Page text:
MP Shaba returns to DPP, promised cabinet post

Member of Parliament for Mzimba South Paul Sydney Shawa has returned to ruling Democratic Progressive Party (DPP) after being promised a ministerial position.

Shaba told a meeting in Mzimba on Saturday, Shaba says that he is returning to the ruling DPP because he wants “development” in his area.

But Nyasa Times sources in government said Shaba’s decision was reached after he had a meeting with the First Lady Callista Mutharika in the last week of Parliament.

Shawa: DPP returnee

Mrs Mutharika enticed Shaba that he will appointed Minister of Justice on return to DPP, a position currently held by Ephraime Chiume.

The MP ditched DPP a while back; he also made headlines a while back after rejecting the Injunction Bill in June 2011.

Shawa, 51, is a trained lawyer and was practising in Canada.

Criminal record

He was prosecuted in 2003 in Canada and admitted to stealing funds from clients.

According to facts made available to Nyasa Times, he admitted to taking nearly $20,000 from the trust accounts of three clients.

A Canadian Press report of February 25, 2003 said Shawa entered a guilty plea to the nine charges and the Law Society disciplinary committee found him guilty of professional misconduct.

The court records sourced by Nyasa Times says that between January and December, 1999, Shawa made five unauthorized withdrawals totaling $19,656.69 from his pooled trust bank account and charged the withdrawals to the trust ledgers of three separate clients.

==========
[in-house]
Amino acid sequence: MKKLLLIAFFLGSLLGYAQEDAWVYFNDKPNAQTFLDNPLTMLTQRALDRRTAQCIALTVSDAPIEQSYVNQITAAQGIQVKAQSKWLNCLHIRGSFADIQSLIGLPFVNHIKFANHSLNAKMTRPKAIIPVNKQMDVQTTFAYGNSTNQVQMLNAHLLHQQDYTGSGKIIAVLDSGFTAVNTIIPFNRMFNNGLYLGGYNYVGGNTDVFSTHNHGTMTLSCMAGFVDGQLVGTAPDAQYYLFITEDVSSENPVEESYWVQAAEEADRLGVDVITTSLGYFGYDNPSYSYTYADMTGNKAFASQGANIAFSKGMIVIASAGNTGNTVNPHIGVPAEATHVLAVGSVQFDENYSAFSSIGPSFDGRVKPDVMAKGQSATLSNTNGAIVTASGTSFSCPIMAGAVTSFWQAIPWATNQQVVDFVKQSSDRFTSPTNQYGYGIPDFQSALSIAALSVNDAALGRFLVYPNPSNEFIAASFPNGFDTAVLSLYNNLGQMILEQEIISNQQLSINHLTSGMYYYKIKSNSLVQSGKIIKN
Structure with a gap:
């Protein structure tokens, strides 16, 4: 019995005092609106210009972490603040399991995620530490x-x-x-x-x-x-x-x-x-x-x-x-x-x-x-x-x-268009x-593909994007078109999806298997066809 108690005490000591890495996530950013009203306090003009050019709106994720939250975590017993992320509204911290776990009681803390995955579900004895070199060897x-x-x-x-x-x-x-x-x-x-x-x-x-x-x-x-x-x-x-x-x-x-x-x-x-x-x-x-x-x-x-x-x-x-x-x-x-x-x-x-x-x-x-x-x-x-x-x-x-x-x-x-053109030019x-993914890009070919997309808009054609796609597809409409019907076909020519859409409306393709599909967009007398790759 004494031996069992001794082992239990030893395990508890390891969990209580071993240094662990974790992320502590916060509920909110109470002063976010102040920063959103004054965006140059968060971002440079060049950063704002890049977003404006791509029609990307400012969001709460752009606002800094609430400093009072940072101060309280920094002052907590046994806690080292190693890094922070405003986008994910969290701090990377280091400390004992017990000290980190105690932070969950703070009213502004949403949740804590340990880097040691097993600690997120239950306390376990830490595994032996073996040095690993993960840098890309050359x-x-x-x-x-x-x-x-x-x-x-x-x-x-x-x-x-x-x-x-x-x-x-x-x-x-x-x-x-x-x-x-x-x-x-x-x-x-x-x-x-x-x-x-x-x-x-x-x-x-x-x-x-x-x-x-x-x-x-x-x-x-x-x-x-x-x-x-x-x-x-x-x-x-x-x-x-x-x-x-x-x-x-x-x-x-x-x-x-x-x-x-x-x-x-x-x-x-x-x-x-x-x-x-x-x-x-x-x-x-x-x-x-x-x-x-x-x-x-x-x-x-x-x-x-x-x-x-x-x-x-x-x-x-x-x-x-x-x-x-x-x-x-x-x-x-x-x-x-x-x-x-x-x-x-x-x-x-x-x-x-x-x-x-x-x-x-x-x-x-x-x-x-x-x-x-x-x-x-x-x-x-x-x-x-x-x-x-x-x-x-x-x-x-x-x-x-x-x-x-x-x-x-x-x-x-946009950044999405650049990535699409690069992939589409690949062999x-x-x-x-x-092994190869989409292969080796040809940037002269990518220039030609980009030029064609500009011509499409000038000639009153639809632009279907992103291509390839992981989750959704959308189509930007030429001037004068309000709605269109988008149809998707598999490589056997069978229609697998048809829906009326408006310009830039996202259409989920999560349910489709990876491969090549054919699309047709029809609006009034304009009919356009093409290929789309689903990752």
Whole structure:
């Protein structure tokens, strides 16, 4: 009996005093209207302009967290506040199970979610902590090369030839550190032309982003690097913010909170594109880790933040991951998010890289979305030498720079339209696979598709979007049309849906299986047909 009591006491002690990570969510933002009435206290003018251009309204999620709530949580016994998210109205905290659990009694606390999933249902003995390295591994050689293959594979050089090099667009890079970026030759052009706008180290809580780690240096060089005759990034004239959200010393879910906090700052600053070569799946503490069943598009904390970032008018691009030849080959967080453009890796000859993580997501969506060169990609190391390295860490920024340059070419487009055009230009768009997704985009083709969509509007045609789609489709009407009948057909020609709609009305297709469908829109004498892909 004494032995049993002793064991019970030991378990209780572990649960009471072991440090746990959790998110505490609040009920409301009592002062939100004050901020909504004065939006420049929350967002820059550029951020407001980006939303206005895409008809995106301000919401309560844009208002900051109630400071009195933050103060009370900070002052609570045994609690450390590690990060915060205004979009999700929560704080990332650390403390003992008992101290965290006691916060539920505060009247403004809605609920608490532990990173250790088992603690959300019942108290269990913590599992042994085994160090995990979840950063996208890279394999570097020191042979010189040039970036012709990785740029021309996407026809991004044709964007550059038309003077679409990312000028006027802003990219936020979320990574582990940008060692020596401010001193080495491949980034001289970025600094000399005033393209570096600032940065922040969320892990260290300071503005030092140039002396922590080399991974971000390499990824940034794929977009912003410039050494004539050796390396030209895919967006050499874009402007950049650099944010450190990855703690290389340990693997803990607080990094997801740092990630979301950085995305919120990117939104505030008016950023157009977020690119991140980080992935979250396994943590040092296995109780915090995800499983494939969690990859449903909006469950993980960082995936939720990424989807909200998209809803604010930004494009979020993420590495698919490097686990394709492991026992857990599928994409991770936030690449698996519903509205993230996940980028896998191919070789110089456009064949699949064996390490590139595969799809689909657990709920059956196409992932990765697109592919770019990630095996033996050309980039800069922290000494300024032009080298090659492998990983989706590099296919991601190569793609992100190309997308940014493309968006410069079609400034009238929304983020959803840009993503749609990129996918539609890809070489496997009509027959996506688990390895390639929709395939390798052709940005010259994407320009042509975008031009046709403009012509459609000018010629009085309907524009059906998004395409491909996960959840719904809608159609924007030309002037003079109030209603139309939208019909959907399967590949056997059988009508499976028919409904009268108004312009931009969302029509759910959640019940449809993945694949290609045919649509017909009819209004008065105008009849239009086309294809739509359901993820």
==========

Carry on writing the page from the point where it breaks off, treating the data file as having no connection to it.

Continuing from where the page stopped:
In four of the cases, the cheques were written to friends or acquaintances who had requested that Shawa loan them money.

In the other case, he wrote the cheque to a client to whom he owed money. On January 31, 2000, Shawa deposited $16,656.69 into his trust account to replace the unauthorized withdrawals.

Provincial court Judge Ronald Meyers who said he was flabbergasted by Shawas actions and motivation, ordered a conditional discharge and 200 hours of community service work.

The Law Society of Manitoba suspended him for 18 months, but he was allowed to return to his legal practice on a supervised basis.

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